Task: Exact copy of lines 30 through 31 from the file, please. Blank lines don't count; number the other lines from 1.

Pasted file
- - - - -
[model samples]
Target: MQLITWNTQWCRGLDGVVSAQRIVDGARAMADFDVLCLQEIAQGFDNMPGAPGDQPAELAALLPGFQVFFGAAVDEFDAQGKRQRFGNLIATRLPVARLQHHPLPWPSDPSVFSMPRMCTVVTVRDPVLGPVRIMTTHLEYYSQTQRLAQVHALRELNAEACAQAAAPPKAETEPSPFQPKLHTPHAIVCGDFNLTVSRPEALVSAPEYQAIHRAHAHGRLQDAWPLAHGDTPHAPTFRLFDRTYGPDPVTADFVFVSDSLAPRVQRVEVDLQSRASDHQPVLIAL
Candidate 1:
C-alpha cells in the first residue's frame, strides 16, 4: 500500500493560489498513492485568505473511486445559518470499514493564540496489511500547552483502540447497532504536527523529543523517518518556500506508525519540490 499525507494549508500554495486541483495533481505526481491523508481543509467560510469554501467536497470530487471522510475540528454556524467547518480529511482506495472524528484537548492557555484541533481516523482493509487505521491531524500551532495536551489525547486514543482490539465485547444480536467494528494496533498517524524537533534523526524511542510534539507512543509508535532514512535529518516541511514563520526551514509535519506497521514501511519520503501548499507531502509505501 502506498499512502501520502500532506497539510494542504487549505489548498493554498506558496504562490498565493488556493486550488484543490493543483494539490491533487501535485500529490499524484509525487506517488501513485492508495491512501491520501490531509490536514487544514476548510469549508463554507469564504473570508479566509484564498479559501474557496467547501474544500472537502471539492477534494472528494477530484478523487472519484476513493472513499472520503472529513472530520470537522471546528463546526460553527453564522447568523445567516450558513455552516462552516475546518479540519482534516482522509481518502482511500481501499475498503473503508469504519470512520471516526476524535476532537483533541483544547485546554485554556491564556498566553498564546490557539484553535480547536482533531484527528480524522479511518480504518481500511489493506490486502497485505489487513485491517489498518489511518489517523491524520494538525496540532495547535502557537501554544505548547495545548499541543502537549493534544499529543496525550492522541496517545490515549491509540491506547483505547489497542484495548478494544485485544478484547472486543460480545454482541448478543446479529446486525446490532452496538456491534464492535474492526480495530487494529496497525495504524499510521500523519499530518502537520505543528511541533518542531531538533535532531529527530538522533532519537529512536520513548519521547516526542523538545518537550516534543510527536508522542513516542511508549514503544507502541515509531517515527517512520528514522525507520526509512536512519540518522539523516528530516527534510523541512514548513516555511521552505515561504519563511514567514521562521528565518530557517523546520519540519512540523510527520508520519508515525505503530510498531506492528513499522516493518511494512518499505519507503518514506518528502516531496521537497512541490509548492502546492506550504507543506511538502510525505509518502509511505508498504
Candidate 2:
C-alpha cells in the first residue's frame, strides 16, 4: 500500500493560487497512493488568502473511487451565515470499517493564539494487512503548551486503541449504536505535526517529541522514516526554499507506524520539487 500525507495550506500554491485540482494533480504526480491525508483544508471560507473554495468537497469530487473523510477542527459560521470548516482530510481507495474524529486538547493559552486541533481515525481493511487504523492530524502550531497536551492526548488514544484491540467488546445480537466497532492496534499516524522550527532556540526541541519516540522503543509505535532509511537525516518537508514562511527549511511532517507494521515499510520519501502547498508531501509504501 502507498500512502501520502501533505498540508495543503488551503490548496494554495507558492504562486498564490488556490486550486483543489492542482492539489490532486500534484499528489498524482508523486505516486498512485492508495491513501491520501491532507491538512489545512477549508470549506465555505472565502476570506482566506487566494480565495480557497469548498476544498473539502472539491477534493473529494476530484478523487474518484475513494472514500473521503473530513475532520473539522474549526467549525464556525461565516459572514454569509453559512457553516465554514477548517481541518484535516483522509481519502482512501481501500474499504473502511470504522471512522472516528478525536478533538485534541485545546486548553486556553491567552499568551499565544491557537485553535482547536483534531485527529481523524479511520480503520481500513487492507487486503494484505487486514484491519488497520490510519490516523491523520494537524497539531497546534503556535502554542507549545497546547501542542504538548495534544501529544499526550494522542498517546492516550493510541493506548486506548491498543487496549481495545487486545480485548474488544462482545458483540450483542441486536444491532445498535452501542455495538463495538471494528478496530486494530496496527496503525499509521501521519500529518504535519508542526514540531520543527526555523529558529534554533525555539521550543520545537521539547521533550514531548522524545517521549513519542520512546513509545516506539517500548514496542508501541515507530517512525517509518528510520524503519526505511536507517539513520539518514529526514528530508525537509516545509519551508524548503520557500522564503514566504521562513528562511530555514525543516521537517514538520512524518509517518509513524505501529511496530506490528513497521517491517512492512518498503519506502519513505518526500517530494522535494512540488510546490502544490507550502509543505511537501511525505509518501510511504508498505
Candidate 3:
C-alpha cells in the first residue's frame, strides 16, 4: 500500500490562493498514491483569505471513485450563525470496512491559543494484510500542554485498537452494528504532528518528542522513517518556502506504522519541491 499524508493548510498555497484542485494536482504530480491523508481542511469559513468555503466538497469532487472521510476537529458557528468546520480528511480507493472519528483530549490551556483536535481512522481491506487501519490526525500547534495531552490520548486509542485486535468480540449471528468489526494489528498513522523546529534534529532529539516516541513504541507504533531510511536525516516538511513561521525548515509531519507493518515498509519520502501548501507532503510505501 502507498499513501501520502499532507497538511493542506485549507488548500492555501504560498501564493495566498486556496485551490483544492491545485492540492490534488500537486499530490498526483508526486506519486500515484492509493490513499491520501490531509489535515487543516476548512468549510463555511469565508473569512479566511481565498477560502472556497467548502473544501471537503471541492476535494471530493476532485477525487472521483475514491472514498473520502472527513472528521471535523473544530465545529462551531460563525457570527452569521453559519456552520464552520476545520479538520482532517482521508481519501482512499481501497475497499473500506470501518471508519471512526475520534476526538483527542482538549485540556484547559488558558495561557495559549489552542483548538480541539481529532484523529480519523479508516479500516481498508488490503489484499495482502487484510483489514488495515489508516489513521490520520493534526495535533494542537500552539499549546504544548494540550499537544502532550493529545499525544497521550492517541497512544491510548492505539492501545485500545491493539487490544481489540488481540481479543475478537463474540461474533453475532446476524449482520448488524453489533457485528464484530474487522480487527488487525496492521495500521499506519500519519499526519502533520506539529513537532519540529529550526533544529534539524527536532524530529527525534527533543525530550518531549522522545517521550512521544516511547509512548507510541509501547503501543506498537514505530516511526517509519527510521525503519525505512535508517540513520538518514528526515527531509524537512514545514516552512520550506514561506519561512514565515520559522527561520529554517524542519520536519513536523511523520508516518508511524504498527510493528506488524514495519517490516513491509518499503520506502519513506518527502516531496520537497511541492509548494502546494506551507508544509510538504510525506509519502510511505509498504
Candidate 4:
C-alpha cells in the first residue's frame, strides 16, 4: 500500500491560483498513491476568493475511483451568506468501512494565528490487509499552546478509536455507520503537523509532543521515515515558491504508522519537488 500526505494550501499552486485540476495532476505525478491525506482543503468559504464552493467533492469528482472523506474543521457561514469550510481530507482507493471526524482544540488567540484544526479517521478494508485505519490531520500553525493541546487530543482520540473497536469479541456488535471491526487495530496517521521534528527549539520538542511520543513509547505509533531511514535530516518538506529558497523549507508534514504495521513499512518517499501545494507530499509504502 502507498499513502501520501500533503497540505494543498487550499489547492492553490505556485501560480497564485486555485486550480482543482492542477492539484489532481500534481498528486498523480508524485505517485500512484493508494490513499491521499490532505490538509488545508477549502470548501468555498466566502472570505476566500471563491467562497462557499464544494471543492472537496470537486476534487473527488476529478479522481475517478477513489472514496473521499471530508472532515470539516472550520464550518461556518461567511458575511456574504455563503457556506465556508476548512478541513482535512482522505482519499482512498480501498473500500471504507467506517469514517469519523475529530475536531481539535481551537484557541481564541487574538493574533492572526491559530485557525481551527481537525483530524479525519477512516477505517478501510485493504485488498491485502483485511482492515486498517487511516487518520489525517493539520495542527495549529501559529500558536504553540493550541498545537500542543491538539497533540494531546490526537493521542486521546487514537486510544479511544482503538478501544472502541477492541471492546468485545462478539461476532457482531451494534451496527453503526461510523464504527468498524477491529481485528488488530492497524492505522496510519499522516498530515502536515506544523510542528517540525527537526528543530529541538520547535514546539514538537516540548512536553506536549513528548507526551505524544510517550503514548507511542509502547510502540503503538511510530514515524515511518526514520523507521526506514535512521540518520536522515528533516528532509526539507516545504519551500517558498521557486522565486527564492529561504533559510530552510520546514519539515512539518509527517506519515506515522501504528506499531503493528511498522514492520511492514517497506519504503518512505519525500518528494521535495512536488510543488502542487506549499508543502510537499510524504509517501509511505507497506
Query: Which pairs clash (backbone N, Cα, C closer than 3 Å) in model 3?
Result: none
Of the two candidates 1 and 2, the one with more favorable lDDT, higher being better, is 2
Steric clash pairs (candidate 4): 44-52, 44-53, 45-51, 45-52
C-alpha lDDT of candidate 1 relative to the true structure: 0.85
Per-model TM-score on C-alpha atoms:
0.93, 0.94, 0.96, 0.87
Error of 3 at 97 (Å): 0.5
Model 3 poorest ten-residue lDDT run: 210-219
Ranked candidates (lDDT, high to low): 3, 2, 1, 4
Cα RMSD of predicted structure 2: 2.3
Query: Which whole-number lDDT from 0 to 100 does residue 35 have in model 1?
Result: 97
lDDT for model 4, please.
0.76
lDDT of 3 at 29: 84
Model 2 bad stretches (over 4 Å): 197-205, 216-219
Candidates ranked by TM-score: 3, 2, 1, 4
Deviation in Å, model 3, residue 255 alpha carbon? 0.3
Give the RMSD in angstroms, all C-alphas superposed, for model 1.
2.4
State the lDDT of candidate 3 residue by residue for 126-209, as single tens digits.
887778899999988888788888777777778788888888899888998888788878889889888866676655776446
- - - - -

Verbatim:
Give the RMSD in angstroms, all C-alphas superposed, for model 1.
2.4